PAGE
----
George Saunders: “My Chivalric Fiasco”

08/19/2011 § 2 Comments

Originally published in Harper’s, September 2011.

What happens when an author runs out of things to say? Stay tuned, readers, for we’re about to find out with this story, which is written in vintage Saunders style, but which lacks the humanistic impact we’ve grown to expect, salvaged from the midst of an unflinching, slightly-futuristic world. The idea here is to figure out what might happen if an ordinary cog in the machine — the sort that keeps his head not only down, but as close to the grinder as it gets (an unwavering janitor at a Medieval Theme Park for six years, grinning and bearing the jokes as “a man of caliber”) — one day took a pill (“KnightLyfe,” to be exact) that bestowed a Capitalized sense of Honor upon him, which didst change his very Person and Tenor. As the title suggests, such medically unchecked behavior in a corporate-run world swiftly leads to fiasco, though the story does not adequately address the nature (as it should) of whether his honorable intervention in an non-consensual affair between his boss and his co-worker is the appropriate thing to do. The motto, as suggested by the story, is no longer “If it’s not broke, don’t fix it” but “Even if it is broke, leave it alone, you’ll probably make it worse.” (And the road to hell is paved with yada yada yada, you get the drift, nothing new to see here, not really.)

But shouldn’t Saunders’s bleakness lead somewhere? To an actual discovery, something deeper than the downfall of the “Elevated & Confident to a Fault”? He writes that “the Heart of Man is an Organ that doth not offer Itself up to facile Prediction, and shall not be easily Tam’d” and yet, the story is never anything less than blatant in its intentions, and its characters are never more than sketches (and can therefore neither be “tam’d” nor unpredictable). As for the plotting, it’s all over the place: it makes sense for Ted’s boss to promote him, so as to keep him from tattling about what he saw him doing on TorchLightNight. Why then give him KnightLyfe? It’s not like this makes him any better at his job of “entertaining” the Guests with his scripted Tropes; surely they realize how disastrous an injection of morals would be: like a law-firm injecting its trial attorneys with truth serum.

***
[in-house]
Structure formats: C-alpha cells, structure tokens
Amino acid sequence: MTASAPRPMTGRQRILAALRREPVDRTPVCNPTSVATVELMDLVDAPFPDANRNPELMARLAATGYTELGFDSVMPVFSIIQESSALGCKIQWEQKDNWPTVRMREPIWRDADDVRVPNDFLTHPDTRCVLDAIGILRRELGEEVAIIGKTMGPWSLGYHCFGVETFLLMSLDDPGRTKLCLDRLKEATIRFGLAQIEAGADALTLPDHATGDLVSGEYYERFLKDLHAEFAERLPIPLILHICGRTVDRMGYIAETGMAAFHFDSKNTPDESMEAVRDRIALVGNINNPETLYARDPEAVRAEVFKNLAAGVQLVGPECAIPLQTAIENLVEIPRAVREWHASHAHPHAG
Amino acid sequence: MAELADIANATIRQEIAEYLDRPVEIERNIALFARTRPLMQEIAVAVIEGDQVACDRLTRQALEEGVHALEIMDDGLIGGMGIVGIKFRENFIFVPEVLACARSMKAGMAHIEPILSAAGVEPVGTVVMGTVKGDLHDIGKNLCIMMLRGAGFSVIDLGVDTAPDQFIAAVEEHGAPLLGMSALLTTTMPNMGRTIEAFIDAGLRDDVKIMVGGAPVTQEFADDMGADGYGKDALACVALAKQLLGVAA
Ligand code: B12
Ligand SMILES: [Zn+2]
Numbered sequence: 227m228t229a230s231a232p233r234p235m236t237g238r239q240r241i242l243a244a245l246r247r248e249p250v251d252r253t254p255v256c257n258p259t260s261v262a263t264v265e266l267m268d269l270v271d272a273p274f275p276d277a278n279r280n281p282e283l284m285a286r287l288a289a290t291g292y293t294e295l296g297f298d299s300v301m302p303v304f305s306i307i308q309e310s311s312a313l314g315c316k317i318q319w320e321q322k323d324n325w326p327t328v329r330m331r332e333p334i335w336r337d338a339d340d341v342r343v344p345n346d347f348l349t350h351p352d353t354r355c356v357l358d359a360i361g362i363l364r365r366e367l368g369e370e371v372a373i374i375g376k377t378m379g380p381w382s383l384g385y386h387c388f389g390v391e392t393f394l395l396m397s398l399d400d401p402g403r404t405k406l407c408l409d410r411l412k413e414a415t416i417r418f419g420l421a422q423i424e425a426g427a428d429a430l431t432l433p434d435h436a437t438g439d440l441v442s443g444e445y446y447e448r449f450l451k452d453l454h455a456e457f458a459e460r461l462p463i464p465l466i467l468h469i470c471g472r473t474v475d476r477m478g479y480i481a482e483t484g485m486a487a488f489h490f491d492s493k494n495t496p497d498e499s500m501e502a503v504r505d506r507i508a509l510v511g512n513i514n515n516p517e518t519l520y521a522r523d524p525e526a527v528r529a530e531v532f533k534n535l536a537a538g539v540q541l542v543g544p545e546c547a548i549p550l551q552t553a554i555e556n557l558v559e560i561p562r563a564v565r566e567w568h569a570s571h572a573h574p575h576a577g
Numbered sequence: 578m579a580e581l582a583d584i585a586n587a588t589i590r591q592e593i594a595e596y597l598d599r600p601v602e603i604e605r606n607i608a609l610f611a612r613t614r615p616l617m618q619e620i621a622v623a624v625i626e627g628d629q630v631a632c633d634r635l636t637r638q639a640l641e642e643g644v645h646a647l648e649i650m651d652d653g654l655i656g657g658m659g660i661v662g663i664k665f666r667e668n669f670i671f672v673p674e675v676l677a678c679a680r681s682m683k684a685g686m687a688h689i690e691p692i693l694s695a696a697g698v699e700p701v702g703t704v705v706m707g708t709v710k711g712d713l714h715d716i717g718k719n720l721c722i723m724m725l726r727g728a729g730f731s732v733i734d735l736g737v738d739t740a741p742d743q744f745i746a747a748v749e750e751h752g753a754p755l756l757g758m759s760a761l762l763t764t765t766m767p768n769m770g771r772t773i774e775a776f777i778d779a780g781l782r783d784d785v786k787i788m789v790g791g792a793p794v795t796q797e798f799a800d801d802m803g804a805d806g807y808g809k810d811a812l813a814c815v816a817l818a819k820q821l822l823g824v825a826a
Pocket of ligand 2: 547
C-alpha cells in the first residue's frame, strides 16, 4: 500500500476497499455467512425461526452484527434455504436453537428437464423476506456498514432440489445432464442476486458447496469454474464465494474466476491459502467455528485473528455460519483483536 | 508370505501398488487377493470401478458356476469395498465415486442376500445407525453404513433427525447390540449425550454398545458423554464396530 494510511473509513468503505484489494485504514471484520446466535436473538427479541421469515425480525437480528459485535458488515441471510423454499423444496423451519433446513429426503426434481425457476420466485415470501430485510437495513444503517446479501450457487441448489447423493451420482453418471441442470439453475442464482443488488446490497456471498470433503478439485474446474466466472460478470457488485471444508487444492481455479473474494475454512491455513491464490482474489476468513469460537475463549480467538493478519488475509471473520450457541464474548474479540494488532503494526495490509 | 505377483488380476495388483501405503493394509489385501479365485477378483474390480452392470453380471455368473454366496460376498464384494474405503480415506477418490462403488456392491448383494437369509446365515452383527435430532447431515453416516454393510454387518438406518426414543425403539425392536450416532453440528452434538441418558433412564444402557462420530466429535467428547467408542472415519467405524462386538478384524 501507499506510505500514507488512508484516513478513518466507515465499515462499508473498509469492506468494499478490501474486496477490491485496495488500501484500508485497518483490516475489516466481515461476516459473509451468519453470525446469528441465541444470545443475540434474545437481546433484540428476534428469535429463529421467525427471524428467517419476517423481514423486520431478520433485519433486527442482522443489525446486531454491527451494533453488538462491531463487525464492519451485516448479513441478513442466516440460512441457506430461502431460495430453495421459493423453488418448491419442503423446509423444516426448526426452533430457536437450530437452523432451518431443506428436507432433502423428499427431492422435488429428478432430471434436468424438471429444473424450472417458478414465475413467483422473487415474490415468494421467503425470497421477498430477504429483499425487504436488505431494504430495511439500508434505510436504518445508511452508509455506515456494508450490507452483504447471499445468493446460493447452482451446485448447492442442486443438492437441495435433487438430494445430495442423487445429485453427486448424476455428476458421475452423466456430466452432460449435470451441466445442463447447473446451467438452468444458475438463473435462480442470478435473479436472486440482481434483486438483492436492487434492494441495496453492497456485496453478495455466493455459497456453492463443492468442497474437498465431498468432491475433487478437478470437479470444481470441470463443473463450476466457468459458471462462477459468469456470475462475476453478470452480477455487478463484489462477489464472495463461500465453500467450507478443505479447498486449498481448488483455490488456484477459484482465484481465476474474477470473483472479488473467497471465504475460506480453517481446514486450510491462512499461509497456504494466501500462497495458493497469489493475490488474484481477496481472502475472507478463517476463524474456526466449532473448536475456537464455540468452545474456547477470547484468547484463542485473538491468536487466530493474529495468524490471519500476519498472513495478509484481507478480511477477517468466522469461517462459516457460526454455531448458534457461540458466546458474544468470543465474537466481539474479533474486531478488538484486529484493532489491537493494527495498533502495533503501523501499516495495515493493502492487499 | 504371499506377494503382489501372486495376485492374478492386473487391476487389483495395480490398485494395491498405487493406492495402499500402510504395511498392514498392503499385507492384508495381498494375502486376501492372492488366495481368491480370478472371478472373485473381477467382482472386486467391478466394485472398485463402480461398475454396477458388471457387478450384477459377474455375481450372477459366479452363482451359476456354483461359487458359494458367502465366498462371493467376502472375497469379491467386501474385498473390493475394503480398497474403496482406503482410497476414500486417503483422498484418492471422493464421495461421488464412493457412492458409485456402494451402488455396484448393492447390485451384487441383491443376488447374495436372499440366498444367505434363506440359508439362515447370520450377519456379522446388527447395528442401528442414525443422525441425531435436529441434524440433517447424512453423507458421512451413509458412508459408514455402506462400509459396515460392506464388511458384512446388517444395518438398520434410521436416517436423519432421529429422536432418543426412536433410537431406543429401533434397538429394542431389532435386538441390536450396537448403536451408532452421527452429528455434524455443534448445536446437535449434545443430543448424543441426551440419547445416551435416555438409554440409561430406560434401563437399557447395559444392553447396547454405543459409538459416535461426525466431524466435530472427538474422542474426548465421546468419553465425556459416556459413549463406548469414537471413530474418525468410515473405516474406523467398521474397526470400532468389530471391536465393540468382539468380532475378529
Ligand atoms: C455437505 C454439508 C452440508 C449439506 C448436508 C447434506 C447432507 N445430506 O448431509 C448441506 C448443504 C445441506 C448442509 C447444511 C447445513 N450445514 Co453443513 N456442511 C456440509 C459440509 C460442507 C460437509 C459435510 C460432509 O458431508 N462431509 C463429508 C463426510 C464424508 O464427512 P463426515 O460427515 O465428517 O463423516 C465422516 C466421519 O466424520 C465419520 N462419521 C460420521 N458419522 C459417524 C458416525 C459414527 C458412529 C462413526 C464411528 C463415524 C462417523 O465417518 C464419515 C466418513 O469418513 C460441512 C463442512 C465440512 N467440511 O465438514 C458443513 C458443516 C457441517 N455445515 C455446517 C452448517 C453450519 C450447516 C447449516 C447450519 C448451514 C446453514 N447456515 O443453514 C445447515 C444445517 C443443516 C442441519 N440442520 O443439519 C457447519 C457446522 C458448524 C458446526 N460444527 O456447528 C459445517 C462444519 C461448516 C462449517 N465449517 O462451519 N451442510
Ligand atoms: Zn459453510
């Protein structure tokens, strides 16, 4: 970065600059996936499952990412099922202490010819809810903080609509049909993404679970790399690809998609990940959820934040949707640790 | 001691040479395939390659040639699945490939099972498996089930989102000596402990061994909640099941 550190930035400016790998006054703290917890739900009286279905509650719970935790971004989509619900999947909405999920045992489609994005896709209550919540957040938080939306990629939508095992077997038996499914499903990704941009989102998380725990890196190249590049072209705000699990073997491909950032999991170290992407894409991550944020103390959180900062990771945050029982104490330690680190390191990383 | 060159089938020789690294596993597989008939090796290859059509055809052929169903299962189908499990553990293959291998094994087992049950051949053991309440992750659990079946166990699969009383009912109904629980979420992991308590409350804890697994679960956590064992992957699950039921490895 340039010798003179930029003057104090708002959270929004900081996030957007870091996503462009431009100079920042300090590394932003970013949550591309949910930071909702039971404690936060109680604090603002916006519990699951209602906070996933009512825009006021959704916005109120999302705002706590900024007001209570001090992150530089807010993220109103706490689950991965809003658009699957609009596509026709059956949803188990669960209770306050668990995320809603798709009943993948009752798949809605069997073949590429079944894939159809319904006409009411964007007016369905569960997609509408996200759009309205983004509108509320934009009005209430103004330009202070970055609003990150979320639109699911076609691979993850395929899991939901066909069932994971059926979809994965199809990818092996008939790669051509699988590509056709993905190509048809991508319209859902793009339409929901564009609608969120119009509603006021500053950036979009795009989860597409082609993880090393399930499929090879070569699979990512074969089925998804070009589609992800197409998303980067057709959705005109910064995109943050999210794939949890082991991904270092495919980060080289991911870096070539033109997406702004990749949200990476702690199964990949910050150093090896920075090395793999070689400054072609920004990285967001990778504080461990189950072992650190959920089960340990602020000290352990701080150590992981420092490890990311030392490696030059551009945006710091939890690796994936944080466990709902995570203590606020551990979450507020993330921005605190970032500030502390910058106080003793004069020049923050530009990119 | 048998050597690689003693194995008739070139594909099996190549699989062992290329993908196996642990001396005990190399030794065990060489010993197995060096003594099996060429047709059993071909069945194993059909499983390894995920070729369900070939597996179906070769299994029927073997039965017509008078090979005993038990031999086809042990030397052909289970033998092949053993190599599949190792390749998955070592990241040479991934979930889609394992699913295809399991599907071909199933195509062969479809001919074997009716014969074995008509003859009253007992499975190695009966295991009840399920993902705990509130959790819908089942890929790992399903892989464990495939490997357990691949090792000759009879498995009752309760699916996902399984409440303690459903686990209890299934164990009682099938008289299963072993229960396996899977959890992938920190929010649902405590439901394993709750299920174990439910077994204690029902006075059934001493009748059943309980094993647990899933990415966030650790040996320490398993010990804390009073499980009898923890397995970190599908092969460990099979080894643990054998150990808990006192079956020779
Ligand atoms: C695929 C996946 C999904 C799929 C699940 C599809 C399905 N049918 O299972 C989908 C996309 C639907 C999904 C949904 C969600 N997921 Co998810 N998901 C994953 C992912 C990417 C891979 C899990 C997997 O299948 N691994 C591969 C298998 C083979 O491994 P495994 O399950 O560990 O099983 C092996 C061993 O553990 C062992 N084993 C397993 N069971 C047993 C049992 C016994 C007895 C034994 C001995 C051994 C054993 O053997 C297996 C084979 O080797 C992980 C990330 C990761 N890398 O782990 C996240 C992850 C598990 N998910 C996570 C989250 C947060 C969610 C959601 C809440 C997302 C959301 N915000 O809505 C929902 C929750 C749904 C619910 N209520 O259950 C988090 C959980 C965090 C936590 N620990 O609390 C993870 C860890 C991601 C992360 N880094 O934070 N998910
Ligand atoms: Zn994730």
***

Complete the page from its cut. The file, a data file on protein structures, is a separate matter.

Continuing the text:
I’ve always appreciated the off-putting yet familiar aspects of corporate America that Saunders so humorously injects into his dark fiction, but it’s never been more half-baked than here. It seems as if the author is just throwing things at us, when he describes Ted’s sister, Beth, as someone who shyly goes around “vacuuming up snow.” (She’ll never appear again; the same can be said for his family, which has been made poor both by injuries from work and by social inabilities to work.) Likewise, there seems little point in adding a paragraph about the various prescriptions everyone’s on (for pain and shyness): this isn’t a story about overmedication. (See “Escape from Spiderhead,” considerably better and more focused by comparison.) I agree that what’s needed is a firmer grip on Ted and the dependents in his life (his family, which depends on him, and his friends, on whom he depends), but if we’re not going to meet MQ or Erin, and will meet Martha’s husband, Nate, only in brief, then we’re not getting enough of a foundation upon which to satire anything. Colbert’s best work comes from his ability to actually demonstrate the ridiculousness of a SuperPAC by forming one, Swift’s comes from taking a modest proposal to its immodest ends, and Durang’s best work comes from a solid base in his own experiences (to name just a few successes).

Saunders, who once seemed like a breath of fresh air, now seems to have sucked all of the air out of the room. His postmodern peers, like Millhauser and Marcus, have outpaced him by widening their scope or adapting their styles to tell the stories they want — without limitation. This particular “fiasco” of a story shows only the work of a trapped author, catering — like Pahlaniuk — to fans who have probably already outgrown him.


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